A 30-year nuclear cooperation agreement between Japan and the U.S. that expires in July is set to be automatically renewed. The renewal is accompanied by the U.S. government's continued approval of Japan's reprocessing of spent nuclear fuel.
The extension of the pact, officially known as the Agreement for Cooperation Between the Government of the United States of America and the Government of Japan Concerning Peaceful Uses of Nuclear Energy, may be desirable in the short term to the Japanese government, which wants to maintain its nuclear power policy. But it only serves to deepen the contradictions in Japan's fuel reprocessing policy, in terms of both its energy policy and efforts to prevent the proliferation of nuclear weapons.
Additionally, the accord will have an unstable status following the renewal, allowing either party to end it with six months' notice. Instead of passively renewing the agreement, Japan should be using the pact's impending expiry date as an opportunity to change course on its fuel reprocessing policy.
The Japanese government has upheld the nuclear fuel cycle -- in which plutonium that is extracted from spent nuclear fuel is reused as fuel in nuclear reactors -- as a national project. Even after the disaster at the Fukushima No. 1 Nuclear Power Plant broke out, the government has not changed its policy of reprocessing all spent nuclear fuel.
Pluthermal power generation, which entails plutonium being burned, is currently being conducted in two light-water nuclear reactors, but has not been economically efficient. The nuclear fuel cycle was meant to be realized through a fast-breeder reactor cycle, but the government's decision to decommission the Monju prototype fast-breeder reactor has effectively signaled the project's failure. Many major countries such as the U.S., the U.K. and Germany have pulled out of their respective nuclear fuel cycle projects.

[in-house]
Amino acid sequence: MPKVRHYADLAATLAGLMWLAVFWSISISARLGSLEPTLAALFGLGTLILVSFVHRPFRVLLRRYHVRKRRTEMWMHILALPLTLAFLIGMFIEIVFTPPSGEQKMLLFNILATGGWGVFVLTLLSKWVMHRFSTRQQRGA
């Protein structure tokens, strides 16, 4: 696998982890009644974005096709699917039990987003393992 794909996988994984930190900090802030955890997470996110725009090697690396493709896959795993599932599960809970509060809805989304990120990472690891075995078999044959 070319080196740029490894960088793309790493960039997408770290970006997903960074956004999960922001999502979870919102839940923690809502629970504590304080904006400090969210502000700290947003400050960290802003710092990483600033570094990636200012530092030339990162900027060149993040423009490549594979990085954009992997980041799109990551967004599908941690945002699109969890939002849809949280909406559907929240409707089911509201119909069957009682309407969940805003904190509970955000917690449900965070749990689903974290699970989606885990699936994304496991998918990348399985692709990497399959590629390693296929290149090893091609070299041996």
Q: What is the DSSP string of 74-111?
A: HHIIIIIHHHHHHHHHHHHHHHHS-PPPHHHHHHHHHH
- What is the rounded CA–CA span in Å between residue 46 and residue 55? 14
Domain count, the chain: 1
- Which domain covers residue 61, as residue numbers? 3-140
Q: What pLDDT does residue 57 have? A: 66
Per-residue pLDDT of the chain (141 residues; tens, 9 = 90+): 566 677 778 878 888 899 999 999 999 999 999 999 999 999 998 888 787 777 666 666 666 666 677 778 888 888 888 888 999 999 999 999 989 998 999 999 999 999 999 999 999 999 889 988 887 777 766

Despite this state of affairs, Japan possesses, both in Japan and overseas, 47 metric tons of plutonium that it obtained through fuel reprocessing. Furthermore, it maintains plans to finish building a nuclear reprocessing plant in the Aomori Prefecture village of Rokkasho, which would allow the extraction of up to 8 tons of plutonium per year from spent nuclear fuel.
From the standpoint of preventing the proliferation of nuclear arms, it is highly problematic to be in possession of massive volumes of plutonium -- which can be used to build nuclear weapons -- without having specific plans for its consumption. It would only cause heightened tensions with China and South Korea, and it's only natural that it has drawn concerns from the U.S. Moreover, there's no denying the possibility of such stockpiles becoming the target of terrorist attacks.
The completion of the Rokkasho reprocessing plant's construction has now been delayed for the 24th time, to at least three years from now. It is important to take this as an opportunity to freeze reprocessing plants, and reconsider withdrawing entirely from the fuel cycle project.
To do so, however, we must address what will happen to the spent fuel in Aomori Prefecture. For now, spent nuclear fuel is considered a resource. But it turns into radioactive trash if Japan decides to stop reprocessing. If the fuel cycle project were to be stopped, the Aomori Prefectural Government is bound to demand that spent nuclear fuel be taken in by nuclear power plants around the country.
There is no way out of this problem without the government bearing down to pursue a long-term solution. We urge the government to thoroughly discuss options in its basic energy plan's revision process that is currently underway.